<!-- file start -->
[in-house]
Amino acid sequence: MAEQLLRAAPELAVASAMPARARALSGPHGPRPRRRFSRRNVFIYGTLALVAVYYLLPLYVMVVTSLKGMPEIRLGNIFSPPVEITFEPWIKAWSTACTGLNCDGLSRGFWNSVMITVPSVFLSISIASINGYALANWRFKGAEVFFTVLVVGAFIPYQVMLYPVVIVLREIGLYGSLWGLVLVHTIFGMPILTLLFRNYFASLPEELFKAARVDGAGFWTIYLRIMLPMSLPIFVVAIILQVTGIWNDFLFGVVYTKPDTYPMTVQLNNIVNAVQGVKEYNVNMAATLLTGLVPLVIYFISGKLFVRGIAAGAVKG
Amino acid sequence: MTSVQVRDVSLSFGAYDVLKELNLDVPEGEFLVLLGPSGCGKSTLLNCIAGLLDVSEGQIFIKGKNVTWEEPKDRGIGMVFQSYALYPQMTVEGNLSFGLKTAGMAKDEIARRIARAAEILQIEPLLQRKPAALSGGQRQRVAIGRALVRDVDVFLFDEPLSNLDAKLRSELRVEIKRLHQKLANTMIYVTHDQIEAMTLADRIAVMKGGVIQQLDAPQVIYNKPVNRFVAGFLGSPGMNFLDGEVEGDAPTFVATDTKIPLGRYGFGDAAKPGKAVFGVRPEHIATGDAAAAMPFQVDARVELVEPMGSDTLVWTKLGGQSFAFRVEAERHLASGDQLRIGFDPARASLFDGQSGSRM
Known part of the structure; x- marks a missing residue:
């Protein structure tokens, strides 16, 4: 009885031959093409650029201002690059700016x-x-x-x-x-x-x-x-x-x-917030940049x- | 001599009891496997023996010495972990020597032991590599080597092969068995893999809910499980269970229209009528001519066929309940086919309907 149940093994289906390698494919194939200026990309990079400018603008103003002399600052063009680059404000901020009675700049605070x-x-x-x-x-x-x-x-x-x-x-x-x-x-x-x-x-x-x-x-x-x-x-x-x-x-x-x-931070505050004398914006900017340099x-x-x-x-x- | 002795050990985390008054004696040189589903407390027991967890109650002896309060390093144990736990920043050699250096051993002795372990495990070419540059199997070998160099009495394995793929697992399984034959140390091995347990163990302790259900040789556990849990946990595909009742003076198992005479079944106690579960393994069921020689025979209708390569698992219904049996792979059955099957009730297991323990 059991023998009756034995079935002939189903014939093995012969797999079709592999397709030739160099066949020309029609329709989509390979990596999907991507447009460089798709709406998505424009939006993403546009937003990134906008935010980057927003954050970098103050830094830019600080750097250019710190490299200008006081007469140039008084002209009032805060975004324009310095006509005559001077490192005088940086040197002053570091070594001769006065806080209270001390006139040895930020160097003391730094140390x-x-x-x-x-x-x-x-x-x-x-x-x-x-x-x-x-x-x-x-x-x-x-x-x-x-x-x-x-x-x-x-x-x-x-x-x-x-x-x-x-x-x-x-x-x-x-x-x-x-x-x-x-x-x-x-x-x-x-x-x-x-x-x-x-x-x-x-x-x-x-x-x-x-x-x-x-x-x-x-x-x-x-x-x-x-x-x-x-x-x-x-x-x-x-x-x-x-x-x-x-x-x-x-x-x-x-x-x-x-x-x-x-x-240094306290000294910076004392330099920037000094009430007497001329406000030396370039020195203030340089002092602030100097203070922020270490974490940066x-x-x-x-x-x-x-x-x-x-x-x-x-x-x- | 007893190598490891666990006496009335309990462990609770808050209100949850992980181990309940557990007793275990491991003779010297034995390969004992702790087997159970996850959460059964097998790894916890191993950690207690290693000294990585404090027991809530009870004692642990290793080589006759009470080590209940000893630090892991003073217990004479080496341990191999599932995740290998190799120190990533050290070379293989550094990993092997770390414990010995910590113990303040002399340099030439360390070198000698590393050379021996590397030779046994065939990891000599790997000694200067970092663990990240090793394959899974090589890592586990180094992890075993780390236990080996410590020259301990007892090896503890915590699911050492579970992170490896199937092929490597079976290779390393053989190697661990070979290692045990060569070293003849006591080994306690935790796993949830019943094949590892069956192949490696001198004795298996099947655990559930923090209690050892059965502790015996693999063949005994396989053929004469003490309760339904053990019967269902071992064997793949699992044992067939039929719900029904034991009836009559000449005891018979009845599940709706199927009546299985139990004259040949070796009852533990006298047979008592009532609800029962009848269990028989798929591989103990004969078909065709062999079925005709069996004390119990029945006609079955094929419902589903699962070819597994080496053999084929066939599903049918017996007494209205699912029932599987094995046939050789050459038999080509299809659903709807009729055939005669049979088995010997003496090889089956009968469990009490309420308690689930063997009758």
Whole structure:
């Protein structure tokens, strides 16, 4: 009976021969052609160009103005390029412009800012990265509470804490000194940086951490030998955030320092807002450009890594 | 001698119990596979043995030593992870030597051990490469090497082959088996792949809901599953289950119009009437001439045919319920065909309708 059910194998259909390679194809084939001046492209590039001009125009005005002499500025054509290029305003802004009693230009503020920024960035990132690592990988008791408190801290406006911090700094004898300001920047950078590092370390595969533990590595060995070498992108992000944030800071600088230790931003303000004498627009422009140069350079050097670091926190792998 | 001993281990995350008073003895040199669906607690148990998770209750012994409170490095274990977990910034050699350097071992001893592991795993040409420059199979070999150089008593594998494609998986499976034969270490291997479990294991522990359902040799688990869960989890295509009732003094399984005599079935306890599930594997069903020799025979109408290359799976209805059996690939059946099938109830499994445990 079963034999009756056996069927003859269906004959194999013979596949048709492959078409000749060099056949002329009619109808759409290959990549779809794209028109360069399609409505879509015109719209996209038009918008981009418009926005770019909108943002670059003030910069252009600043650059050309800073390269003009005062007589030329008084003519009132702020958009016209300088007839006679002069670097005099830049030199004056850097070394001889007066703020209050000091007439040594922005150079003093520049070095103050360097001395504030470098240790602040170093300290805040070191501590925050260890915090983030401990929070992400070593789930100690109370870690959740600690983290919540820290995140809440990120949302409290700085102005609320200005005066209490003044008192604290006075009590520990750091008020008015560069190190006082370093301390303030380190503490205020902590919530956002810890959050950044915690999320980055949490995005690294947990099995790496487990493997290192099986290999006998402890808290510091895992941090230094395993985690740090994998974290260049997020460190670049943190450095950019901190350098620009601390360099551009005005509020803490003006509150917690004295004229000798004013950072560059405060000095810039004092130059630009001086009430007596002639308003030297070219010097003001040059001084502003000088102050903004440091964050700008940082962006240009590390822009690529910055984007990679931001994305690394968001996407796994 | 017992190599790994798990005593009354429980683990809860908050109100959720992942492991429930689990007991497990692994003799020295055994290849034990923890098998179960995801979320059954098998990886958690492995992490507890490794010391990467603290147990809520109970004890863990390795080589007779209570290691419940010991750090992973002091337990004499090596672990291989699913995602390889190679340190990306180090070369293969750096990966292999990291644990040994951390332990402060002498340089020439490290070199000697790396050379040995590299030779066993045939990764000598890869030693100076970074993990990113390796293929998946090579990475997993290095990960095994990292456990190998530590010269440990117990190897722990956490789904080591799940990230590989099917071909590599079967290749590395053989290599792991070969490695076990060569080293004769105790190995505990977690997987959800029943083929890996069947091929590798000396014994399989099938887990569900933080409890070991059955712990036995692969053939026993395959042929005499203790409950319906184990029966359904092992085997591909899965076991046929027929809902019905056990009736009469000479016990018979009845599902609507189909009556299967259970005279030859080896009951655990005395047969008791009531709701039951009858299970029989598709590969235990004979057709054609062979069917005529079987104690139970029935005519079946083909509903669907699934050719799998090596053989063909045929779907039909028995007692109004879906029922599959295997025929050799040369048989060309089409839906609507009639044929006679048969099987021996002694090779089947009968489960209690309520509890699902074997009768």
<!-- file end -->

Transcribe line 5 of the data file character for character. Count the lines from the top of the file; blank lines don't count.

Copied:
């Protein structure tokens, strides 16, 4: 009885031959093409650029201002690059700016x-x-x-x-x-x-x-x-x-x-917030940049x- | 001599009891496997023996010495972990020597032991590599080597092969068995893999809910499980269970229209009528001519066929309940086919309907 149940093994289906390698494919194939200026990309990079400018603008103003002399600052063009680059404000901020009675700049605070x-x-x-x-x-x-x-x-x-x-x-x-x-x-x-x-x-x-x-x-x-x-x-x-x-x-x-x-931070505050004398914006900017340099x-x-x-x-x- | 002795050990985390008054004696040189589903407390027991967890109650002896309060390093144990736990920043050699250096051993002795372990495990070419540059199997070998160099009495394995793929697992399984034959140390091995347990163990302790259900040789556990849990946990595909009742003076198992005479079944106690579960393994069921020689025979209708390569698992219904049996792979059955099957009730297991323990 059991023998009756034995079935002939189903014939093995012969797999079709592999397709030739160099066949020309029609329709989509390979990596999907991507447009460089798709709406998505424009939006993403546009937003990134906008935010980057927003954050970098103050830094830019600080750097250019710190490299200008006081007469140039008084002209009032805060975004324009310095006509005559001077490192005088940086040197002053570091070594001769006065806080209270001390006139040895930020160097003391730094140390x-x-x-x-x-x-x-x-x-x-x-x-x-x-x-x-x-x-x-x-x-x-x-x-x-x-x-x-x-x-x-x-x-x-x-x-x-x-x-x-x-x-x-x-x-x-x-x-x-x-x-x-x-x-x-x-x-x-x-x-x-x-x-x-x-x-x-x-x-x-x-x-x-x-x-x-x-x-x-x-x-x-x-x-x-x-x-x-x-x-x-x-x-x-x-x-x-x-x-x-x-x-x-x-x-x-x-x-x-x-x-x-x-x-240094306290000294910076004392330099920037000094009430007497001329406000030396370039020195203030340089002092602030100097203070922020270490974490940066x-x-x-x-x-x-x-x-x-x-x-x-x-x-x- | 007893190598490891666990006496009335309990462990609770808050209100949850992980181990309940557990007793275990491991003779010297034995390969004992702790087997159970996850959460059964097998790894916890191993950690207690290693000294990585404090027991809530009870004692642990290793080589006759009470080590209940000893630090892991003073217990004479080496341990191999599932995740290998190799120190990533050290070379293989550094990993092997770390414990010995910590113990303040002399340099030439360390070198000698590393050379021996590397030779046994065939990891000599790997000694200067970092663990990240090793394959899974090589890592586990180094992890075993780390236990080996410590020259301990007892090896503890915590699911050492579970992170490896199937092929490597079976290779390393053989190697661990070979290692045990060569070293003849006591080994306690935790796993949830019943094949590892069956192949490696001198004795298996099947655990559930923090209690050892059965502790015996693999063949005994396989053929004469003490309760339904053990019967269902071992064997793949699992044992067939039929719900029904034991009836009559000449005891018979009845599940709706199927009546299985139990004259040949070796009852533990006298047979008592009532609800029962009848269990028989798929591989103990004969078909065709062999079925005709069996004390119990029945006609079955094929419902589903699962070819597994080496053999084929066939599903049918017996007494209205699912029932599987094995046939050789050459038999080509299809659903709807009729055939005669049979088995010997003496090889089956009968469990009490309420308690689930063997009758």